Crawford's historic slam lifts Giants over Brewers

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Crawford's historic slam lifts Giants over Brewers

May 27, 2011BOX SCORE GIANTS POSTGAME VIDEOMLB PAGE MLB SCOREBOARD
MILWAUKEE (AP) It's all still kind of a blur to Brandon Crawford.As he wiped the remnants of a shaving-cream pie from his face and uniform, he wasn't even sure which of his prankster teammates got him.Welcome to the big leagues, kid - and how! RELATED: Giants Insider notes -- Welcome to MLB, Brandon
Crawford hit a go-ahead grand slam in his first major league game, helping Tim Lincecum and the San Francisco Giants beat the Milwaukee Brewers 5-4 on Friday night."It was all unreal," Crawford said, recalling how he felt as he rounded the bases. "Awesome. I mean, I still kind of have the jitters about it."Lincecum (5-4) gave up three runs in seven innings. The Giants won despite the ejection of manager Bruce Bochy, who argued a close play at home plate in the fifth inning.Bochy admitted he might have lost his temper in part because it has been such a frustrating week for the Giants.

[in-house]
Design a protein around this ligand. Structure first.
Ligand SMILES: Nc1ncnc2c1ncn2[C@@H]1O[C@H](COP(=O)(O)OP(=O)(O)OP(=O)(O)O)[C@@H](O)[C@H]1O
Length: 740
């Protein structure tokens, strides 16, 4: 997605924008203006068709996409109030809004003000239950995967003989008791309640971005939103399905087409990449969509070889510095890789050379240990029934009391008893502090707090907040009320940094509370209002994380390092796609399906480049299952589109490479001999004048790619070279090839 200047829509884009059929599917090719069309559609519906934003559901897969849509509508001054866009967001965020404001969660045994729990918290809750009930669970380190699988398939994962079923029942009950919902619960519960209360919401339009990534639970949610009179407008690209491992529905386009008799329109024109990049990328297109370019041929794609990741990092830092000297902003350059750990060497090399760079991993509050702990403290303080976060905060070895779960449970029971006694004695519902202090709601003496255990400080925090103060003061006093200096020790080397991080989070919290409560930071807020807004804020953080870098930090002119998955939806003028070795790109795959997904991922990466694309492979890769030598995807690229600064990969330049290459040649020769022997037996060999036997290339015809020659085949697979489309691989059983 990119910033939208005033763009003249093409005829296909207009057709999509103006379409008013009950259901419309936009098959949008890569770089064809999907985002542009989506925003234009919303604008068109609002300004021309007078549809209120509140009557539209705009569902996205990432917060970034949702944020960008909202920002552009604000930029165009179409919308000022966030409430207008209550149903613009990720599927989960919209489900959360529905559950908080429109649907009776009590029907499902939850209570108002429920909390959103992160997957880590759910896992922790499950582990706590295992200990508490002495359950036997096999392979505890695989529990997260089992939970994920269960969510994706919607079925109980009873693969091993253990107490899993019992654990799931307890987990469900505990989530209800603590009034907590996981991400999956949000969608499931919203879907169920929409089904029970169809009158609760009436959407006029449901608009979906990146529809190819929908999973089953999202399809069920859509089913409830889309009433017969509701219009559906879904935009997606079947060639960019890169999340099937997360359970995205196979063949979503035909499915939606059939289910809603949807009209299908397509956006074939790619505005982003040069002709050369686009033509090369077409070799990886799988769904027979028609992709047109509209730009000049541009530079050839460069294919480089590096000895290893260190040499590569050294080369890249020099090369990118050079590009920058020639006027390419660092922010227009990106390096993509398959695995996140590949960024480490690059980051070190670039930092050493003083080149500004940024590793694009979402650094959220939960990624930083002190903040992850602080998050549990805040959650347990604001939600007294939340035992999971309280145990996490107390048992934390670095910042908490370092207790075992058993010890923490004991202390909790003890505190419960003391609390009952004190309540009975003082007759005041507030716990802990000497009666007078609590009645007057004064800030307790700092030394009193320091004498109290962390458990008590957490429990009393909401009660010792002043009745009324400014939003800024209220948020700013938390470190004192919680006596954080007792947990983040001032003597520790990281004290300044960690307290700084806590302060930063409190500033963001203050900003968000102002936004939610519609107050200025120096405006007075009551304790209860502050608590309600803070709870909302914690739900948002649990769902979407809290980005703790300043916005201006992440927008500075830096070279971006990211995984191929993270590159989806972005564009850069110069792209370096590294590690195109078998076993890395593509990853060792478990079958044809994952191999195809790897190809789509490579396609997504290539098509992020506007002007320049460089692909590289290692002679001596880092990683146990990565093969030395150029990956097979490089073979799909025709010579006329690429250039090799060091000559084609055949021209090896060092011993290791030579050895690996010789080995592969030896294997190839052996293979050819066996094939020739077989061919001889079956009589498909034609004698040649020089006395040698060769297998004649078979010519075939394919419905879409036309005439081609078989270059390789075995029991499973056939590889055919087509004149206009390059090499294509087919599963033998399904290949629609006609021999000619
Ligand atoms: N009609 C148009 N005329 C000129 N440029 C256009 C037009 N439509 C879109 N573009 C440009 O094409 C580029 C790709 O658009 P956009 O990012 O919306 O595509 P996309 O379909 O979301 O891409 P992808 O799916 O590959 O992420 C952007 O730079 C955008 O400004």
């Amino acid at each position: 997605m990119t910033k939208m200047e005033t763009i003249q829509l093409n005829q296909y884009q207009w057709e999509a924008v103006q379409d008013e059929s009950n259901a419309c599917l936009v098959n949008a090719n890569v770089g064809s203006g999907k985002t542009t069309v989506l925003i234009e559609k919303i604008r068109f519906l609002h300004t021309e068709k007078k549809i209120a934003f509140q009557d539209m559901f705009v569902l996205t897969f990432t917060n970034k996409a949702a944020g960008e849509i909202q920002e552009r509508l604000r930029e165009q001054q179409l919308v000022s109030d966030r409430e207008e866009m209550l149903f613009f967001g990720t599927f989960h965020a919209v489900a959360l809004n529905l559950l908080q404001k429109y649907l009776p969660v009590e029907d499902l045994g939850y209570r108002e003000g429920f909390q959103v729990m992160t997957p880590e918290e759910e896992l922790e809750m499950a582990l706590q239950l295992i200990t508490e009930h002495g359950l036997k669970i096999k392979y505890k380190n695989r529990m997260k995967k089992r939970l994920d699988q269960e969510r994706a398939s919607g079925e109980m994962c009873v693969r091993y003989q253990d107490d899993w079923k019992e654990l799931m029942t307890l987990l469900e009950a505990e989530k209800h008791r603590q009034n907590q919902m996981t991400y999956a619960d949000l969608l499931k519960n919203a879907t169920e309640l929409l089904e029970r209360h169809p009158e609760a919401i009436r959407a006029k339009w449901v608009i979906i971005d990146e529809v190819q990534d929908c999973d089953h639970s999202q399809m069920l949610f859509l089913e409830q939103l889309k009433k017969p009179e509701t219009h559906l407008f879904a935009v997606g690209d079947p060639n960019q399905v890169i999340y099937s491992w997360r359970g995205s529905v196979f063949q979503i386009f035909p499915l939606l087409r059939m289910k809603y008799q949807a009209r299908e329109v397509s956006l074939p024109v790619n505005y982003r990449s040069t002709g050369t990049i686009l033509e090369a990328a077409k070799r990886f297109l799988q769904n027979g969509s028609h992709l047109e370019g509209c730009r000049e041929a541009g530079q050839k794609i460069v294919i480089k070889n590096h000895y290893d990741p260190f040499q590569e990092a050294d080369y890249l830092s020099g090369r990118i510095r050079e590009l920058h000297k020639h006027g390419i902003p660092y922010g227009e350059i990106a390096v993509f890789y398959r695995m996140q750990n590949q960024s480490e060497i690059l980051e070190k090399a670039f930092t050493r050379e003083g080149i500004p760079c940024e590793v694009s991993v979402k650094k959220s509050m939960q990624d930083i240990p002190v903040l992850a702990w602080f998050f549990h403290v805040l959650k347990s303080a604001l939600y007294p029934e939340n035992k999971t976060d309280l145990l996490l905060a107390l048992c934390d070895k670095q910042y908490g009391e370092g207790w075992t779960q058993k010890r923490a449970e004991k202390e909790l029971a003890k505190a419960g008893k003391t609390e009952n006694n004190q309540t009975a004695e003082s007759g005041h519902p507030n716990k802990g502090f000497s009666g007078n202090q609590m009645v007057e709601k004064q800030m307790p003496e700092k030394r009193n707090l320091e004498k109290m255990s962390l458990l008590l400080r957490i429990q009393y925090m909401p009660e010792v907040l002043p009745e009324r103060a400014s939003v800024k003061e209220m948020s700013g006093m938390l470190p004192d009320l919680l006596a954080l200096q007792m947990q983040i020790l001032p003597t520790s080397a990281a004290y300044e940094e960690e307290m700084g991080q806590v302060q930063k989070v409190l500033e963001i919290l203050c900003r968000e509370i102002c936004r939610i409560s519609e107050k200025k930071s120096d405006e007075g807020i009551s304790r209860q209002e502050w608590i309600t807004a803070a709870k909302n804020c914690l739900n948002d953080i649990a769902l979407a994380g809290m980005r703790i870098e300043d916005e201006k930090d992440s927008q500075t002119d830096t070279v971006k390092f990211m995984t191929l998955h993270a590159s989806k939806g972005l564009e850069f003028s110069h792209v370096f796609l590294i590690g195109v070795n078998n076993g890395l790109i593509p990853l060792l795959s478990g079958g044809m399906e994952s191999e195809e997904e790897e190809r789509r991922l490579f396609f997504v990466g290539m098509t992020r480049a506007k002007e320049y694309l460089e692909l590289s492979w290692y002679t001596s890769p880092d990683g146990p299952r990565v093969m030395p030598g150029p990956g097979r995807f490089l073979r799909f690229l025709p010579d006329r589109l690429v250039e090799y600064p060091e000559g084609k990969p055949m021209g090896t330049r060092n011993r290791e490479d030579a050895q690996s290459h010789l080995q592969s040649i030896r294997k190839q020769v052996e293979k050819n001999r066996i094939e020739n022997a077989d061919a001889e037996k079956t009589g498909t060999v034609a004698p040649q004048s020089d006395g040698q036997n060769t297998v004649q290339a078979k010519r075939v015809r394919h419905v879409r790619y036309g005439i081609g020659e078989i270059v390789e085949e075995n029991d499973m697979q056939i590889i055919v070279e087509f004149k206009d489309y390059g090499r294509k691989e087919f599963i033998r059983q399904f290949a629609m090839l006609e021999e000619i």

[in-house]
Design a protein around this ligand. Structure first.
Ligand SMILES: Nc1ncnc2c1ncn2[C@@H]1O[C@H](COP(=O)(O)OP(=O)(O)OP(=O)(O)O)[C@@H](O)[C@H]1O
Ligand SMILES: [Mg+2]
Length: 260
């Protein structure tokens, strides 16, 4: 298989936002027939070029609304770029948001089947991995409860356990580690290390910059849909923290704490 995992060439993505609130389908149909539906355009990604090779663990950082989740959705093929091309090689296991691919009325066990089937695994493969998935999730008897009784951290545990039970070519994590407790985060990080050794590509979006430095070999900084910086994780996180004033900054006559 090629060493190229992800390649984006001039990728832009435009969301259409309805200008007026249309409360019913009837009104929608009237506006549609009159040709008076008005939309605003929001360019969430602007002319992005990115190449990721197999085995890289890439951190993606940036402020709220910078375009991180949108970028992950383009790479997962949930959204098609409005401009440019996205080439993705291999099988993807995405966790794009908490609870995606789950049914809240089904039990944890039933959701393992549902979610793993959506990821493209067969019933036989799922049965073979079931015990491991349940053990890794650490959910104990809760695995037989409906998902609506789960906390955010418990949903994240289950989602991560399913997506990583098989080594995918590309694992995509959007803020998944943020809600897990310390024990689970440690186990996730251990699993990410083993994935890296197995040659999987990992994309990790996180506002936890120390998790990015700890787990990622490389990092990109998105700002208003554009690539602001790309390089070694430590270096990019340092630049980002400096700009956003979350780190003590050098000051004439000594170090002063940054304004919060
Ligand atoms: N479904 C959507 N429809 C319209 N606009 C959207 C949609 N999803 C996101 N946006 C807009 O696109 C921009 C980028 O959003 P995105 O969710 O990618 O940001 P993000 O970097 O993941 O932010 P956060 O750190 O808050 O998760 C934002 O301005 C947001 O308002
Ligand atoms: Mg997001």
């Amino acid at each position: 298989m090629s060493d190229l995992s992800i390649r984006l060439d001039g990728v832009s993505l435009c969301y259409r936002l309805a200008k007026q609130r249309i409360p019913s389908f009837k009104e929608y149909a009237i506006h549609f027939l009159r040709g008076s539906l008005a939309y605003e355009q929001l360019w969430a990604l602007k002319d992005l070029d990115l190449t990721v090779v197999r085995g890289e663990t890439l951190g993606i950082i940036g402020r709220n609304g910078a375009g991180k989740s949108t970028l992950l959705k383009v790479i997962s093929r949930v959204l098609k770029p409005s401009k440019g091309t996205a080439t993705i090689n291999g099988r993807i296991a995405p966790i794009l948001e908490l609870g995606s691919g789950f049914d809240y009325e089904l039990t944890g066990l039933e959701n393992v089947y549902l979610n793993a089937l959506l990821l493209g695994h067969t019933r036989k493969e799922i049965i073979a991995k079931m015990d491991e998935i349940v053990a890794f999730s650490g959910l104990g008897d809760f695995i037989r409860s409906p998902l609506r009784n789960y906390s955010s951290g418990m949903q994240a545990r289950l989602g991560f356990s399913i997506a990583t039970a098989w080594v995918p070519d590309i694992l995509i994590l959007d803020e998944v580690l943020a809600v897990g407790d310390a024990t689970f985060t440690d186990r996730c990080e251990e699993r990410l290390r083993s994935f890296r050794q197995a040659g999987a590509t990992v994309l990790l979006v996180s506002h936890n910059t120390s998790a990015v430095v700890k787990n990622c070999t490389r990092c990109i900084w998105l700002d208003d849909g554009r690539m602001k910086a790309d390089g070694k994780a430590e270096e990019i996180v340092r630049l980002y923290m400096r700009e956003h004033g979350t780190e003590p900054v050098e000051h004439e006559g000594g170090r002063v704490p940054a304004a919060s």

URBAN: Giants still favorites without Posey